How Ravens Collect Chick Feces At The Nest – I Had No Idea!

I photographed this nest of four Common Raven chicks on both of my recent Montana trips.   It’s been fun to watch their development and the behaviors of both parents and youngsters.

 

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Here you can see all four chicks – three of them begging for food from the parents who were perched nearby.  This shot was taken two days after those that follow.  The image quality of some of these photos isn’t very good but I found the behavior to be fascinating.

 

 

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When this parent flew to the nest I was mostly watching and not clicking the shutter.  I had no idea that I was about to see something new to me.

 

 

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Suddenly one of the chicks began backing up to the edge of the nest and I figured it was about to defecate over the side.  I was wrong.

 

 

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The chick presented its cloacal opening to the parent…

 

 

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and then its white excreta to the adult bird…

 

 

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which took it into its beak.

 

 

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I can’t be sure what happened next.  The adult may have eaten the wastes, which they often do.  Or they may be inside the bill to be discarded away from the nest.

Here’s what Birds of North America Online has to say about nest sanitation with this species:

“In Maine, parents of wild birds ate the feces of week-old chicks (BH); captive parents swallow feces of very young chicks (Gwinner 1965). Medium-aged young (2–3 wk old) defecate on rim of nest (Dorn 1972) or parents carry feces away (BH). Older chicks shoot runny feces over edge of nest (BH).”

 

 

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The adult flew off almost immediately after collecting the feces but I can’t tell if they’re inside the bill or were eaten.

But the point of this post is that I was quite surprised that the chick deliberately presented its feces directly to the adult and that the parent actually picked them up as they exited the chick.  I guess it was my assumption that the adult would remove them from the nest some time after they were deposited but in thinking about it, that would be very difficult to do given the unconsolidated mess involved.

From the looks of the nest I’m guessing that at this age the chicks often attempt to squirt outside the nest and we see the whitewash down the side as a result.

I suspect that some of my readers know much more about this than I do but in my naiveté I sure thought this little episode was interesting

 

 

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One more interesting observation –  last year this same nest was used by Swainson’s Hawks.  This image, taken on August 22, shows the two juveniles raised in the nest last summer.  They were quite reluctant to leave.  Another thing that fascinates me is nest recycling by different species.

Wish I knew more about it…

Ron

Note:  These photos were taken from a road while I was shooting from inside my pickup.  I never approached the nest.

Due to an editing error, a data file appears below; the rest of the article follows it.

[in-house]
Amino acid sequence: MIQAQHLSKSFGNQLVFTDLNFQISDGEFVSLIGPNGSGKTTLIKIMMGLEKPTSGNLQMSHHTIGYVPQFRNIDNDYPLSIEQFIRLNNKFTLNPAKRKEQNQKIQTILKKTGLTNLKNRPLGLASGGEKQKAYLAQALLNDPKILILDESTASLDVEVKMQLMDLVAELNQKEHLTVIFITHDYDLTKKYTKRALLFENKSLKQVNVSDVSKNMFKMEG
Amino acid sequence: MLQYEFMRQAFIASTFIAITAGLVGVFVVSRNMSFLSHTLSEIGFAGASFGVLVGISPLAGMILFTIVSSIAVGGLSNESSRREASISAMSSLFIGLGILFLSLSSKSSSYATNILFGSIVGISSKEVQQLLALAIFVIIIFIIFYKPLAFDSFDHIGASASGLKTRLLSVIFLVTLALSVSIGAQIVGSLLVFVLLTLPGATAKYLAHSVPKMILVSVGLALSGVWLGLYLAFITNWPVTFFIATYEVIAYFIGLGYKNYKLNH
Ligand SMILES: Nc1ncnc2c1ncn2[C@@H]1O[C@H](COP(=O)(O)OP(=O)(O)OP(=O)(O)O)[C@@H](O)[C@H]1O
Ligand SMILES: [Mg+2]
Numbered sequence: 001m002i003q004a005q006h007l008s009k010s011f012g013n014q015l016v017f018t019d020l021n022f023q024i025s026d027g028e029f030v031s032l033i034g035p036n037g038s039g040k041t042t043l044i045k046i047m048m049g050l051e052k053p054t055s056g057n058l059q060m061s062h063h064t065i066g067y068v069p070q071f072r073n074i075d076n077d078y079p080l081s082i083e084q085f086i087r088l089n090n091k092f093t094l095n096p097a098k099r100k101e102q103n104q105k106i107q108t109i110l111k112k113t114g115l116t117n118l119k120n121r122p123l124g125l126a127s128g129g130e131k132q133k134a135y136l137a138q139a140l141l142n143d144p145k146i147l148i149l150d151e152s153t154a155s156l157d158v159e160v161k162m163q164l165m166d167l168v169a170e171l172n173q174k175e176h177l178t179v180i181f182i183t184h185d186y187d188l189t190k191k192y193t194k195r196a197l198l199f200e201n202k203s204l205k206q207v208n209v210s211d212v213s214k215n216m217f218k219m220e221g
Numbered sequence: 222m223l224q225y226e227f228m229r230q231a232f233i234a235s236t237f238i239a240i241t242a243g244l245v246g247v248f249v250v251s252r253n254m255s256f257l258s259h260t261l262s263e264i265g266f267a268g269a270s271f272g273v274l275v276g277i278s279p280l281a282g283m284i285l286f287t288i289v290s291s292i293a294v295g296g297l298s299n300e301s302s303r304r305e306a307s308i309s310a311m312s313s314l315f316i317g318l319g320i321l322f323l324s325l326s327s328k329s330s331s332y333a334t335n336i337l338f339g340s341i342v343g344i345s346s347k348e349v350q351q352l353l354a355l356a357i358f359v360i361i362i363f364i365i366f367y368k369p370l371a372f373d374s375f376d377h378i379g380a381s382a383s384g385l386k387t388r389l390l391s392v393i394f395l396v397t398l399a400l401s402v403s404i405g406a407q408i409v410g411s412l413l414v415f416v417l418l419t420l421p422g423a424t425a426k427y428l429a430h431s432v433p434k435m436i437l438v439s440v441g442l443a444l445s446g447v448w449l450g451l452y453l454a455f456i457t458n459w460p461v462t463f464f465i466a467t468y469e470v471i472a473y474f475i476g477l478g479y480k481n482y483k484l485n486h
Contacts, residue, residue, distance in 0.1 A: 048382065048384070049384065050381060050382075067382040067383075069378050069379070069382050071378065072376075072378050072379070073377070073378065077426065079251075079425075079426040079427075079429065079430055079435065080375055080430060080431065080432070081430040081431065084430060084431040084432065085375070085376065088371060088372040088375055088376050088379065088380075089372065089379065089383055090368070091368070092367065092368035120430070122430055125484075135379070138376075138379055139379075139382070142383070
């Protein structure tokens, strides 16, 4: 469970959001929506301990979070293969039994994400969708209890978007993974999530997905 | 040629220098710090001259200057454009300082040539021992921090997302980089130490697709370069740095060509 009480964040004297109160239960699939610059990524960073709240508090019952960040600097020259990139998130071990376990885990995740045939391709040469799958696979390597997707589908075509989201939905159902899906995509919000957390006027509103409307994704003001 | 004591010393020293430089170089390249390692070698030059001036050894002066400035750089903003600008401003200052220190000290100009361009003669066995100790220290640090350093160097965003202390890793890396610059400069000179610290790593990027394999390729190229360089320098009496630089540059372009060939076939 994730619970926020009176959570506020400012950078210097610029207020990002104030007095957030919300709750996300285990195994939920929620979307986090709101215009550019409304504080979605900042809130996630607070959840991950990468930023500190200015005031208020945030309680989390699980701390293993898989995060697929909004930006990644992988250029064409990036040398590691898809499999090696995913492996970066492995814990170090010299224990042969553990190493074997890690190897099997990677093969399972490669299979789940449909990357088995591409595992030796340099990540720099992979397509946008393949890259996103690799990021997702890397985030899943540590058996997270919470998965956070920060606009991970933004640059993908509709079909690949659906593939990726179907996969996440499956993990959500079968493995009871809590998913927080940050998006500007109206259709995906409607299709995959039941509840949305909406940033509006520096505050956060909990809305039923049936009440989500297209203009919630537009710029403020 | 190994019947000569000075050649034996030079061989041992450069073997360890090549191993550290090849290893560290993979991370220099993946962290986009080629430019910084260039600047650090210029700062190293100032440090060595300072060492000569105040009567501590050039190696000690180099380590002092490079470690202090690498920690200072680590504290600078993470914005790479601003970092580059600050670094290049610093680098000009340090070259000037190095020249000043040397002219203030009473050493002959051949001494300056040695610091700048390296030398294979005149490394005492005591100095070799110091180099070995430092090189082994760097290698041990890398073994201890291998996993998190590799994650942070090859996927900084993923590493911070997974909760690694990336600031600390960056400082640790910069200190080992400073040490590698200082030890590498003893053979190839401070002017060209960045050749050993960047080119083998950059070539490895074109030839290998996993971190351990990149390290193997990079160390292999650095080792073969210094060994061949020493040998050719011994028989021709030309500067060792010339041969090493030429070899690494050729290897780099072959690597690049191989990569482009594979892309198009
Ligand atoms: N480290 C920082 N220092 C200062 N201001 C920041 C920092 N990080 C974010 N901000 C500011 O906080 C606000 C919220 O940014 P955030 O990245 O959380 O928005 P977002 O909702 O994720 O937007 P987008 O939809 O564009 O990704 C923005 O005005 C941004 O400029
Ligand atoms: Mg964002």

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  1. Wow! I knew many birds removed the well-formed fecal sacs from the nests but did not realize they take them directly from the bottom of the birds. Fascinating. I’ve raised hundreds of baby songbirds and it’s very obvious there’s a clear connection between food-in and garbage-out … every time you feed them, they defecate. Now I know why! So handy to have the parents there as clean-up crew. Great video, Tana – and the blackbird photos as well, John! Nature never ceases to amaze. Thanks, Ron! Louise

    • That’s what I didn’t know either, Louise – that they take the fecal sacs directly from their “bottoms”. Birds, their evolution and behaviors are simply fascinating!

  2. Ron, I find crows (and other birds in this family group) to have very complex and advanced social behaviours. I wonder about 3 possibilities; is the parent’s motif to keep the nest clean; is the parent giving the chick a “colon cleansing” therapy to help the chick digest its food; or is the parent actually craving for the same food it feeds its young, even in digested form, as part of a protein rich diet it needs to thrive through parenthood? Some parents in the wild spend so much time hunting to feed their young that I wonder if this is some form of survival mechanism to keep themselves well fed as well as their chicks.

      • Yes, but there is no evidence that the crow has dropped the feces after pulling them. If it ate them and swallowed them, which could well be a possibility, then it’s also part of the nutritional intake they may need while parenting. This is so intriguing.

  3. I’ve seen robins do the same thing with their young having observed a nest of robins just outside our window several years ago.

  4. Whoa! I had no idea that parent birds might eat the little gift! After all these years of acting as a foster parent (with permits!) to hundreds of wild nestlings, I thought my role was simply to keep things tidy. Time to draw the line. Recycling indeed!

    Thank you Ron, and John and Tana, for the education!

  5. Absolutely fascinating! Thanks for the information and the wonderful shots Ron!
    Charlotte

  6. Ron-Every day, I learn something new and to me, exciting, from your blog…your photos bring me beauty, greater awareness of and appreciation for the ever unfolding wonders of nature. Learning new things about the behaviors of our fellow residents, brings amazement and joy.